A House vote to ban smoking on virtually all domestic airline flights is a step toward further restrictions on the tobacco industry, a cigarette industry opponent contends.

The House voted Tuesday to forbid smoking on all routes in the continental United States and on all flights to and from Hawaii and Alaska scheduled for six hours or less.That would allow smoking on just 28 U.S. flights - 24 to Alaska and Hawaii and four to Guam - of 17,500 the airline industry says are scheduled daily, according to sponsor Rep. Richard Durbin, D-Ill. The ban would take effect 96 days after the measure is signed into law.

Current law bans smoking on domestic flights of two hours or less.

The prohibition is part of a compromise House-Senate measure providing $12 billion for transportation and $3.2 billion for anti-drug programs for the fiscal year that started Oct. 1.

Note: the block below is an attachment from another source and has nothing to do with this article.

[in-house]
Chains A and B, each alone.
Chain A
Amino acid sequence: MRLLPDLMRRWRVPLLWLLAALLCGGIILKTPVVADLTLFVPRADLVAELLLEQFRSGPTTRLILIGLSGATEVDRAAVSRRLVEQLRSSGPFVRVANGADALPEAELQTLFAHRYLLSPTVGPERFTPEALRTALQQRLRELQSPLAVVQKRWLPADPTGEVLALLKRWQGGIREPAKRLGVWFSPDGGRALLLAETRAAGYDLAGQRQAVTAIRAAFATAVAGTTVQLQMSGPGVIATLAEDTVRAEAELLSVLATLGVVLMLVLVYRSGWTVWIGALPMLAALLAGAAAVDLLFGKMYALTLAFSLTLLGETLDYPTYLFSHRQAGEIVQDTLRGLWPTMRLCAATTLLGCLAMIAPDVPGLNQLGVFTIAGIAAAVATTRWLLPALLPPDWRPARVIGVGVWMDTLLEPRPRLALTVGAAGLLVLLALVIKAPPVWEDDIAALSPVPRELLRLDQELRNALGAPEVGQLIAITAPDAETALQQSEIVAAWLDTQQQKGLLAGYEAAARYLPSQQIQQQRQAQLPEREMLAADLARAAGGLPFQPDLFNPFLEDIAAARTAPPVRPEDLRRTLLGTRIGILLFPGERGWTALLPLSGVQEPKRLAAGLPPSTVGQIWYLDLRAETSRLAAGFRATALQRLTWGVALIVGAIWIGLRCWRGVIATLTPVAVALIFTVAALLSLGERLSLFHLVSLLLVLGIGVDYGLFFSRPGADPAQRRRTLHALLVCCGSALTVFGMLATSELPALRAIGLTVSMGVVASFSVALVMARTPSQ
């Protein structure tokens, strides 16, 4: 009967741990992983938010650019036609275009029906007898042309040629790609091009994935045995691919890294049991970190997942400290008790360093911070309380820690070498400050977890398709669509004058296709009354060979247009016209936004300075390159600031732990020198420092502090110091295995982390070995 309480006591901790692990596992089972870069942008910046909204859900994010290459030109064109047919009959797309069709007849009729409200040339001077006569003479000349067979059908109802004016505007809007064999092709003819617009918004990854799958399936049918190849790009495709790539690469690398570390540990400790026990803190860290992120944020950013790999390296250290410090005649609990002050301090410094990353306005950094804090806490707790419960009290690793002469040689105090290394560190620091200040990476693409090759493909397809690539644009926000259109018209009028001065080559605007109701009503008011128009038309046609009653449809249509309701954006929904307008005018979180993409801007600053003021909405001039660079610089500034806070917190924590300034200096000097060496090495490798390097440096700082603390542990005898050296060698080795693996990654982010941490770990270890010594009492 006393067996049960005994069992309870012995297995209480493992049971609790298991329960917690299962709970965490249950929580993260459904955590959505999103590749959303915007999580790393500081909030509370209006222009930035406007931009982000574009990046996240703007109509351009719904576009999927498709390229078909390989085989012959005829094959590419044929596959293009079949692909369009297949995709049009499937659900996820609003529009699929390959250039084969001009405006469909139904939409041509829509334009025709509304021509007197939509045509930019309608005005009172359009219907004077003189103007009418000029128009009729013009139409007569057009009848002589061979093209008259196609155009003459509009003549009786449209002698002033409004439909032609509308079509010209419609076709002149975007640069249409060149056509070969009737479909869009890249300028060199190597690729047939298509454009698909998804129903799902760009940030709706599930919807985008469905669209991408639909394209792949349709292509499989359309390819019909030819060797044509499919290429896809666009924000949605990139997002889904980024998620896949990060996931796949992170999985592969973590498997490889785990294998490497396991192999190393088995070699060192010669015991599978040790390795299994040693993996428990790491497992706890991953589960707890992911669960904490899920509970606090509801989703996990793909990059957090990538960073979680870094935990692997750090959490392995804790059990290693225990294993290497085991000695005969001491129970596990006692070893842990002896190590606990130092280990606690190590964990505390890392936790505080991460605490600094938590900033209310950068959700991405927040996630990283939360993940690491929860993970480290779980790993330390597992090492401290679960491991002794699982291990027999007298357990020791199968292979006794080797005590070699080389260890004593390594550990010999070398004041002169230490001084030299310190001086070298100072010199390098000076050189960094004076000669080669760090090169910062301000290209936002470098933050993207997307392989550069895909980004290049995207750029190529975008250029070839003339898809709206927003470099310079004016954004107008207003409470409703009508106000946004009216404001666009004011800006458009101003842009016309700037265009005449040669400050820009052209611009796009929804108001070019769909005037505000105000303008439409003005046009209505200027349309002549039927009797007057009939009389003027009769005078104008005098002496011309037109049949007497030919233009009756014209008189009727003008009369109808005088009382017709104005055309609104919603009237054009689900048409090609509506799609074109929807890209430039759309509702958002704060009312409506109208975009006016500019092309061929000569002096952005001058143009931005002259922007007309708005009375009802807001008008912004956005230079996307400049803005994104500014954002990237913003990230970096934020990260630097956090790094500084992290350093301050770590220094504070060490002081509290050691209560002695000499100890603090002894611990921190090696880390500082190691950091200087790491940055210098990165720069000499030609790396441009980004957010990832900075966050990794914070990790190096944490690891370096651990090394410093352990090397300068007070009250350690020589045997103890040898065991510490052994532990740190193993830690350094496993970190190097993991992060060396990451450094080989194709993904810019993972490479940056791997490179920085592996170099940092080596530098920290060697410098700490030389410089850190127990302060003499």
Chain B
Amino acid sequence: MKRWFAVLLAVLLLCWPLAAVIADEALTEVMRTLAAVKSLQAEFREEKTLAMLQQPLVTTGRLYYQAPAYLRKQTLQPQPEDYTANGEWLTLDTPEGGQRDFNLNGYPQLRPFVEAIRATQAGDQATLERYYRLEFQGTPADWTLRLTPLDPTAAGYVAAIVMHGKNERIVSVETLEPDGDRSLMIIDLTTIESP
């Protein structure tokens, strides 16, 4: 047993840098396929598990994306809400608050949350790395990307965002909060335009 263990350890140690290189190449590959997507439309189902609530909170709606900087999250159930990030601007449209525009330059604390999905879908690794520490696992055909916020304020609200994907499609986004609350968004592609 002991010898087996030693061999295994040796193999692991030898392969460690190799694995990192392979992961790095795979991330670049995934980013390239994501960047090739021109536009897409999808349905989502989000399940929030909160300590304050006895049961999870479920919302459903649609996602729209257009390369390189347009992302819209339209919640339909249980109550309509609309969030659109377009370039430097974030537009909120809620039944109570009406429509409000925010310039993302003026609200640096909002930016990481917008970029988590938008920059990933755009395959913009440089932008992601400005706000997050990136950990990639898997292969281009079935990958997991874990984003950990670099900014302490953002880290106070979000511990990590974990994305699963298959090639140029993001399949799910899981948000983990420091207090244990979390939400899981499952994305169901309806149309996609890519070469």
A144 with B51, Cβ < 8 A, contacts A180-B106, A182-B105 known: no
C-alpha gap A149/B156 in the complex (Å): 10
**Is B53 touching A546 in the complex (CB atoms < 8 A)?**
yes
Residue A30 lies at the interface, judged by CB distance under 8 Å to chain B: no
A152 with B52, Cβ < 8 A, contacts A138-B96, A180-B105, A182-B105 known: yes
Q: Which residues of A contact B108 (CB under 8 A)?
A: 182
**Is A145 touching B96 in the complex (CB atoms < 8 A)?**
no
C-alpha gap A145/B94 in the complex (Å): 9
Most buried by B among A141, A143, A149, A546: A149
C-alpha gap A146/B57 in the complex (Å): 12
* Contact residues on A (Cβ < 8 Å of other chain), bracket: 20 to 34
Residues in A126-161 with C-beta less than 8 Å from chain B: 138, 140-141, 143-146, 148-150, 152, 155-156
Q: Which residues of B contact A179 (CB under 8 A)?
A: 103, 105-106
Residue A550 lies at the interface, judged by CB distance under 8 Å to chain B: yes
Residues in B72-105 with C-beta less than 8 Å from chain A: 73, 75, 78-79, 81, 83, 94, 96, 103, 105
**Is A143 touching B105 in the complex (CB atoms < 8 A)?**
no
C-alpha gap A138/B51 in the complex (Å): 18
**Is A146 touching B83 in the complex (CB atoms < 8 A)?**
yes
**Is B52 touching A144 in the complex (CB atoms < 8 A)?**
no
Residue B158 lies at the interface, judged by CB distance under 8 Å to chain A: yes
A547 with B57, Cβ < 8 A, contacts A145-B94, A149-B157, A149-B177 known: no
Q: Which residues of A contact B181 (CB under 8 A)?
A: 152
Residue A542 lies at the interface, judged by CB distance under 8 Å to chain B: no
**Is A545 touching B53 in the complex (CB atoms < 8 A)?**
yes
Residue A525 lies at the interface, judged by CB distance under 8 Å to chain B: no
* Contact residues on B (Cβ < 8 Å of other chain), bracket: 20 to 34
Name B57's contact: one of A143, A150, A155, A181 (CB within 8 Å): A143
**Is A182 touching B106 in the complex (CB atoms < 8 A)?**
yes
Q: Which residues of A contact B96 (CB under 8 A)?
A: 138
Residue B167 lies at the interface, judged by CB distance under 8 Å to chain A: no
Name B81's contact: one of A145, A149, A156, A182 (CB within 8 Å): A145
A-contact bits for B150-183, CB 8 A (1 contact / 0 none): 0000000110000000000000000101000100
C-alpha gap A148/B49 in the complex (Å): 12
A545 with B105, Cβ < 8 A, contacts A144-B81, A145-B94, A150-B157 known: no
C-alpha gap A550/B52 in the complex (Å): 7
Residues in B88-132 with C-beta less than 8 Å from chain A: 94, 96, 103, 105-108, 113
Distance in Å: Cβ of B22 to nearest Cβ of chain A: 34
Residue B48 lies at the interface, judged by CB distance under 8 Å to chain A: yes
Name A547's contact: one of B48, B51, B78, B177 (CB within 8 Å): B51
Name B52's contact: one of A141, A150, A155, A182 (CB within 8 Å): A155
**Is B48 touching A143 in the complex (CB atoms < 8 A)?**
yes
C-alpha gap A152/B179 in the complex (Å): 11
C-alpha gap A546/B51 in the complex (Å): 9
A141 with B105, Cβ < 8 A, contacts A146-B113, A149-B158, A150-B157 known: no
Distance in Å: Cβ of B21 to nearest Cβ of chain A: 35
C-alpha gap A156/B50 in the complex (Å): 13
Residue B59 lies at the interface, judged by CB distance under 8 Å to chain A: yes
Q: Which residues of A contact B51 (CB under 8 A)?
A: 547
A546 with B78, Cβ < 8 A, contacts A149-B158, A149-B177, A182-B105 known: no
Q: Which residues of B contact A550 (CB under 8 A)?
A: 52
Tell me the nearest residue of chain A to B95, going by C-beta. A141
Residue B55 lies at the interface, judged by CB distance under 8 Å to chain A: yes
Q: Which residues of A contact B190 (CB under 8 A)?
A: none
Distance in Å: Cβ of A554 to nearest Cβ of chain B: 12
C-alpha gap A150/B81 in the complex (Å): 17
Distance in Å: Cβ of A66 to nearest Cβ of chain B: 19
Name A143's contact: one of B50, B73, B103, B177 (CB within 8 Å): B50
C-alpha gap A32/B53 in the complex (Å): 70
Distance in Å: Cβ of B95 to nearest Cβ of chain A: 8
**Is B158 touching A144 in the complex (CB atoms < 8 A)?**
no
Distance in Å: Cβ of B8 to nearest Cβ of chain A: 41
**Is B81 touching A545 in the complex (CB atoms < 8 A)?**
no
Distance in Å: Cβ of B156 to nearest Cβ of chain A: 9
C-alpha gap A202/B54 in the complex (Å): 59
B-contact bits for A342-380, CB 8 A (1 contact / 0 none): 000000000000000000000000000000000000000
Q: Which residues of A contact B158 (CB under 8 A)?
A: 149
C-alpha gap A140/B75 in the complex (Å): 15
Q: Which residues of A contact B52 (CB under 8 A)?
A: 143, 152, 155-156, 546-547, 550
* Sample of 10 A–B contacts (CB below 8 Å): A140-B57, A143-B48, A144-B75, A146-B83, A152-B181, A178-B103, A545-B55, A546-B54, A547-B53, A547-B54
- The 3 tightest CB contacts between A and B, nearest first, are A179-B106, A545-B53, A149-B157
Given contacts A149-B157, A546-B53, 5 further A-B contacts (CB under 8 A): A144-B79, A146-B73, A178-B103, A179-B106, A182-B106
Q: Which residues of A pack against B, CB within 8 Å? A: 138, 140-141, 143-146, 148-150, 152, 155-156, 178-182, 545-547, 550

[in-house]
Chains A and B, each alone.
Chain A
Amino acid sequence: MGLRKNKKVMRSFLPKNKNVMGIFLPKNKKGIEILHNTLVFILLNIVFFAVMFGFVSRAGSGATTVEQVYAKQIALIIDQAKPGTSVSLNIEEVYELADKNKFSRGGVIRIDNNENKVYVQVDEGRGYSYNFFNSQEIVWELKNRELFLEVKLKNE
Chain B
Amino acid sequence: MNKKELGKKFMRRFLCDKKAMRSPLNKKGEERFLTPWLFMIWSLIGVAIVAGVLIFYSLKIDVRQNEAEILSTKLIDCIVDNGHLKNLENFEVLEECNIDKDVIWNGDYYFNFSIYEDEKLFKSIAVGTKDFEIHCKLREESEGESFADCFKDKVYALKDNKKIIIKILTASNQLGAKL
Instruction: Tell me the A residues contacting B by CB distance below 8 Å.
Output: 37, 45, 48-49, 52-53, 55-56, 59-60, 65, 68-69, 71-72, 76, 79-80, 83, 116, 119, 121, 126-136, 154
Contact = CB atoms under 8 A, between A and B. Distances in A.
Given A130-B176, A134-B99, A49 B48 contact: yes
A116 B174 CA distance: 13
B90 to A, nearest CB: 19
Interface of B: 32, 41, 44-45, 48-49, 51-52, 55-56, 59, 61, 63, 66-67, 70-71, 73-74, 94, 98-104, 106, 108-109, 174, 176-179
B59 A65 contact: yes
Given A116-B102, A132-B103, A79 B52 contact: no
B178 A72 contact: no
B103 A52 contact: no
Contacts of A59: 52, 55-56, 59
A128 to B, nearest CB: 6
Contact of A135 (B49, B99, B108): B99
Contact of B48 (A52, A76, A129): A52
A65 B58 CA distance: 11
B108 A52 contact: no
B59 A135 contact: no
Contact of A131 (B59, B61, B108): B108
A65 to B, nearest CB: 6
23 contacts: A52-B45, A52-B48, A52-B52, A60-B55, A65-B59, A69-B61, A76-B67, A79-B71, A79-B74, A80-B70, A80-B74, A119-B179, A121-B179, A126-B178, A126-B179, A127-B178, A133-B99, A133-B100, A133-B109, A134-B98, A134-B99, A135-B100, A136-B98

Durbin said the proposed smoking restrictions, which the House adopted on a voice vote and with little debate, indicate a shift in federal policy toward the tobacco industry.

Tobacco lobbyists, however, said they do not believe the vote spells a new hostile attitude by lawmakers.

"An airline cabin is a unique environment because a passenger is, in effect, a captive," said Charlie Whitley, a consultant to the Tobacco Institute. "For that reason we don't think this sets a precedent."